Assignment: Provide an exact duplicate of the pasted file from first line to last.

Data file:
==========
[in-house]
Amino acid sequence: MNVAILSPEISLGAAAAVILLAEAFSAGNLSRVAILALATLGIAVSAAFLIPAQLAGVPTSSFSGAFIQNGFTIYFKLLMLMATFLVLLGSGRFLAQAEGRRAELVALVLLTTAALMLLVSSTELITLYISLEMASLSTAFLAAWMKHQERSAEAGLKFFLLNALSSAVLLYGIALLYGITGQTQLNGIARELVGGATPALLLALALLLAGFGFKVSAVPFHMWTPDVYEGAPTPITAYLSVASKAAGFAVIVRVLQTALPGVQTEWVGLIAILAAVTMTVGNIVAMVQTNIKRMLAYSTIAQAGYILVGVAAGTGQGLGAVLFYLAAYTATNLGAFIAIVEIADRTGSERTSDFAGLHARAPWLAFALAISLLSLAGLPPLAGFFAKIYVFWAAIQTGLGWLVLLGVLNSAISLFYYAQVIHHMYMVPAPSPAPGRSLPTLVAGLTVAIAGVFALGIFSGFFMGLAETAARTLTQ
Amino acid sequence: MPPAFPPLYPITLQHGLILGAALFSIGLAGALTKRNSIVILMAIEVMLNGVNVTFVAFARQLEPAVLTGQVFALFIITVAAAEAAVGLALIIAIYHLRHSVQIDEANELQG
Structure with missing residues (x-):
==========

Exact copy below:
[in-house]
Amino acid sequence: MNVAILSPEISLGAAAAVILLAEAFSAGNLSRVAILALATLGIAVSAAFLIPAQLAGVPTSSFSGAFIQNGFTIYFKLLMLMATFLVLLGSGRFLAQAEGRRAELVALVLLTTAALMLLVSSTELITLYISLEMASLSTAFLAAWMKHQERSAEAGLKFFLLNALSSAVLLYGIALLYGITGQTQLNGIARELVGGATPALLLALALLLAGFGFKVSAVPFHMWTPDVYEGAPTPITAYLSVASKAAGFAVIVRVLQTALPGVQTEWVGLIAILAAVTMTVGNIVAMVQTNIKRMLAYSTIAQAGYILVGVAAGTGQGLGAVLFYLAAYTATNLGAFIAIVEIADRTGSERTSDFAGLHARAPWLAFALAISLLSLAGLPPLAGFFAKIYVFWAAIQTGLGWLVLLGVLNSAISLFYYAQVIHHMYMVPAPSPAPGRSLPTLVAGLTVAIAGVFALGIFSGFFMGLAETAARTLTQ
Amino acid sequence: MPPAFPPLYPITLQHGLILGAALFSIGLAGALTKRNSIVILMAIEVMLNGVNVTFVAFARQLEPAVLTGQVFALFIITVAAAEAAVGLALIIAIYHLRHSVQIDEANELQG
Structure with missing residues (x-):